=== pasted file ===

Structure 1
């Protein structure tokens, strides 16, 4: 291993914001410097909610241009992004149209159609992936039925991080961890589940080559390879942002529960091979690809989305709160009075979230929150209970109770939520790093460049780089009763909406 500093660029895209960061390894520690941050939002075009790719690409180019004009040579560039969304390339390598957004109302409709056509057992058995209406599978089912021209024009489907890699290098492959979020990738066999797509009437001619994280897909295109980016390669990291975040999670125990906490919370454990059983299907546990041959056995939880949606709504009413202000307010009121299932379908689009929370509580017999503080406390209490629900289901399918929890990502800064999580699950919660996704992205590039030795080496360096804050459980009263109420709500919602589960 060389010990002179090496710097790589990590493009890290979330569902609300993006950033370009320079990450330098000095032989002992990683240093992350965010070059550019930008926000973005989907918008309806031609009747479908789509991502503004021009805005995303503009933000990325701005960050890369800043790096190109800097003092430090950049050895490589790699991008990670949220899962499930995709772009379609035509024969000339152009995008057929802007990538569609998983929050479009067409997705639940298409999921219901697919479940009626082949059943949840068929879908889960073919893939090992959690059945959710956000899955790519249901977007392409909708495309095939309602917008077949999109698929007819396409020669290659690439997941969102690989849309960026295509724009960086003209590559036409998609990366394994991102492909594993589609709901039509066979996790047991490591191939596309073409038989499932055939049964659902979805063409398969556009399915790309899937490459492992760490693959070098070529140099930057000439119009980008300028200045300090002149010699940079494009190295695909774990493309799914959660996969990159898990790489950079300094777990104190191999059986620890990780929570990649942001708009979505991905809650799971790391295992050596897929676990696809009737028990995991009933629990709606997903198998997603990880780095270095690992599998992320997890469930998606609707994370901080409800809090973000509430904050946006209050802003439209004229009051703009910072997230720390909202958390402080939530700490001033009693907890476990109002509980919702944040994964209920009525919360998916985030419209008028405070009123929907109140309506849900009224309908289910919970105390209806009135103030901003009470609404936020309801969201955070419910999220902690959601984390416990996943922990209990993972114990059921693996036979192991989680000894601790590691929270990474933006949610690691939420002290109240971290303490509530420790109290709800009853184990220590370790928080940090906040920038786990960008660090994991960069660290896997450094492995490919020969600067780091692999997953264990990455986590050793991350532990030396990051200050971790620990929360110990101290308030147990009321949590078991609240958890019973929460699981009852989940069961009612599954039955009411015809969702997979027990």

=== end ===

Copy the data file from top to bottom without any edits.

Structure 1
């Protein structure tokens, strides 16, 4: 291993914001410097909610241009992004149209159609992936039925991080961890589940080559390879942002529960091979690809989305709160009075979230929150209970109770939520790093460049780089009763909406 500093660029895209960061390894520690941050939002075009790719690409180019004009040579560039969304390339390598957004109302409709056509057992058995209406599978089912021209024009489907890699290098492959979020990738066999797509009437001619994280897909295109980016390669990291975040999670125990906490919370454990059983299907546990041959056995939880949606709504009413202000307010009121299932379908689009929370509580017999503080406390209490629900289901399918929890990502800064999580699950919660996704992205590039030795080496360096804050459980009263109420709500919602589960 060389010990002179090496710097790589990590493009890290979330569902609300993006950033370009320079990450330098000095032989002992990683240093992350965010070059550019930008926000973005989907918008309806031609009747479908789509991502503004021009805005995303503009933000990325701005960050890369800043790096190109800097003092430090950049050895490589790699991008990670949220899962499930995709772009379609035509024969000339152009995008057929802007990538569609998983929050479009067409997705639940298409999921219901697919479940009626082949059943949840068929879908889960073919893939090992959690059945959710956000899955790519249901977007392409909708495309095939309602917008077949999109698929007819396409020669290659690439997941969102690989849309960026295509724009960086003209590559036409998609990366394994991102492909594993589609709901039509066979996790047991490591191939596309073409038989499932055939049964659902979805063409398969556009399915790309899937490459492992760490693959070098070529140099930057000439119009980008300028200045300090002149010699940079494009190295695909774990493309799914959660996969990159898990790489950079300094777990104190191999059986620890990780929570990649942001708009979505991905809650799971790391295992050596897929676990696809009737028990995991009933629990709606997903198998997603990880780095270095690992599998992320997890469930998606609707994370901080409800809090973000509430904050946006209050802003439209004229009051703009910072997230720390909202958390402080939530700490001033009693907890476990109002509980919702944040994964209920009525919360998916985030419209008028405070009123929907109140309506849900009224309908289910919970105390209806009135103030901003009470609404936020309801969201955070419910999220902690959601984390416990996943922990209990993972114990059921693996036979192991989680000894601790590691929270990474933006949610690691939420002290109240971290303490509530420790109290709800009853184990220590370790928080940090906040920038786990960008660090994991960069660290896997450094492995490919020969600067780091692999997953264990990455986590050793991350532990030396990051200050971790620990929360110990101290308030147990009321949590078991609240958890019973929460699981009852989940069961009612599954039955009411015809969702997979027990």